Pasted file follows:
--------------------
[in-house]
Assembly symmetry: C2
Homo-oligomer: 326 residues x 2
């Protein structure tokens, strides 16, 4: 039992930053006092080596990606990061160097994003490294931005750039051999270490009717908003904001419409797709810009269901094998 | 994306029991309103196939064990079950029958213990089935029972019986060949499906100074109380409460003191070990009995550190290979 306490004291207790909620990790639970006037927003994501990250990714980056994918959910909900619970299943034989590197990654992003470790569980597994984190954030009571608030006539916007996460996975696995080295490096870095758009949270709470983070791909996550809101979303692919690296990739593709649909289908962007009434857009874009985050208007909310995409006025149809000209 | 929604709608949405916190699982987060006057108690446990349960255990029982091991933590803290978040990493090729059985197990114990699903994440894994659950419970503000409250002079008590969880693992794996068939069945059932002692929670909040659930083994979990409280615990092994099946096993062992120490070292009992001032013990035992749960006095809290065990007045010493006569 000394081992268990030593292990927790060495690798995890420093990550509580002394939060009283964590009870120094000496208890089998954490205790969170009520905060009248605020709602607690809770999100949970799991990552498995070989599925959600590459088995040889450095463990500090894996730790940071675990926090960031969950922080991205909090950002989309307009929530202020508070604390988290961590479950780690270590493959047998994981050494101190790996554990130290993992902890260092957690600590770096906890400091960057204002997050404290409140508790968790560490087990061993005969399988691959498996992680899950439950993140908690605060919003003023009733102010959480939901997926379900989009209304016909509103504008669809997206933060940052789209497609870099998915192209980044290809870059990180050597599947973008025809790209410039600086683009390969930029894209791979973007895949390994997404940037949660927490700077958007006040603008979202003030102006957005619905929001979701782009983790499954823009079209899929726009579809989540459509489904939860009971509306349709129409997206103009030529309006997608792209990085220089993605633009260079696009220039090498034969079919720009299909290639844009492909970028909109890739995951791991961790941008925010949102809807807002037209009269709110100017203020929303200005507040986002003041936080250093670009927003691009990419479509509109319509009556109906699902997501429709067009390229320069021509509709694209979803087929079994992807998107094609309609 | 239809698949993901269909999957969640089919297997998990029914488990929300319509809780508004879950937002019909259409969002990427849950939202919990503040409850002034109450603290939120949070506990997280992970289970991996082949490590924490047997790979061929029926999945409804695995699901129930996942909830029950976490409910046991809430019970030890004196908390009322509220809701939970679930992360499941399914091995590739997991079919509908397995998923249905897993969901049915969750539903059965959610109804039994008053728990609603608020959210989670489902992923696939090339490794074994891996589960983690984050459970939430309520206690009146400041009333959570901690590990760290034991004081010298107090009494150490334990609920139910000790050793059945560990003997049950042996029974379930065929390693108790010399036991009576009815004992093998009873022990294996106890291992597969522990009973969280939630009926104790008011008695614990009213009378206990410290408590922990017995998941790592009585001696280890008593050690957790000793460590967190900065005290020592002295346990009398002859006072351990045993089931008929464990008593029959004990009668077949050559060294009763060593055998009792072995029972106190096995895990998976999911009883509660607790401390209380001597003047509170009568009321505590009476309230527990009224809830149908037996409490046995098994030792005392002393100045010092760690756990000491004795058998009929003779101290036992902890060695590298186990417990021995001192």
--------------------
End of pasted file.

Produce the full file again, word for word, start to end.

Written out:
[in-house]
Assembly symmetry: C2
Homo-oligomer: 326 residues x 2
């Protein structure tokens, strides 16, 4: 039992930053006092080596990606990061160097994003490294931005750039051999270490009717908003904001419409797709810009269901094998 | 994306029991309103196939064990079950029958213990089935029972019986060949499906100074109380409460003191070990009995550190290979 306490004291207790909620990790639970006037927003994501990250990714980056994918959910909900619970299943034989590197990654992003470790569980597994984190954030009571608030006539916007996460996975696995080295490096870095758009949270709470983070791909996550809101979303692919690296990739593709649909289908962007009434857009874009985050208007909310995409006025149809000209 | 929604709608949405916190699982987060006057108690446990349960255990029982091991933590803290978040990493090729059985197990114990699903994440894994659950419970503000409250002079008590969880693992794996068939069945059932002692929670909040659930083994979990409280615990092994099946096993062992120490070292009992001032013990035992749960006095809290065990007045010493006569 000394081992268990030593292990927790060495690798995890420093990550509580002394939060009283964590009870120094000496208890089998954490205790969170009520905060009248605020709602607690809770999100949970799991990552498995070989599925959600590459088995040889450095463990500090894996730790940071675990926090960031969950922080991205909090950002989309307009929530202020508070604390988290961590479950780690270590493959047998994981050494101190790996554990130290993992902890260092957690600590770096906890400091960057204002997050404290409140508790968790560490087990061993005969399988691959498996992680899950439950993140908690605060919003003023009733102010959480939901997926379900989009209304016909509103504008669809997206933060940052789209497609870099998915192209980044290809870059990180050597599947973008025809790209410039600086683009390969930029894209791979973007895949390994997404940037949660927490700077958007006040603008979202003030102006957005619905929001979701782009983790499954823009079209899929726009579809989540459509489904939860009971509306349709129409997206103009030529309006997608792209990085220089993605633009260079696009220039090498034969079919720009299909290639844009492909970028909109890739995951791991961790941008925010949102809807807002037209009269709110100017203020929303200005507040986002003041936080250093670009927003691009990419479509509109319509009556109906699902997501429709067009390229320069021509509709694209979803087929079994992807998107094609309609 | 239809698949993901269909999957969640089919297997998990029914488990929300319509809780508004879950937002019909259409969002990427849950939202919990503040409850002034109450603290939120949070506990997280992970289970991996082949490590924490047997790979061929029926999945409804695995699901129930996942909830029950976490409910046991809430019970030890004196908390009322509220809701939970679930992360499941399914091995590739997991079919509908397995998923249905897993969901049915969750539903059965959610109804039994008053728990609603608020959210989670489902992923696939090339490794074994891996589960983690984050459970939430309520206690009146400041009333959570901690590990760290034991004081010298107090009494150490334990609920139910000790050793059945560990003997049950042996029974379930065929390693108790010399036991009576009815004992093998009873022990294996106890291992597969522990009973969280939630009926104790008011008695614990009213009378206990410290408590922990017995998941790592009585001696280890008593050690957790000793460590967190900065005290020592002295346990009398002859006072351990045993089931008929464990008593029959004990009668077949050559060294009763060593055998009792072995029972106190096995895990998976999911009883509660607790401390209380001597003047509170009568009321505590009476309230527990009224809830149908037996409490046995098994030792005392002393100045010092760690756990000491004795058998009929003779101290036992902890060695590298186990417990021995001192």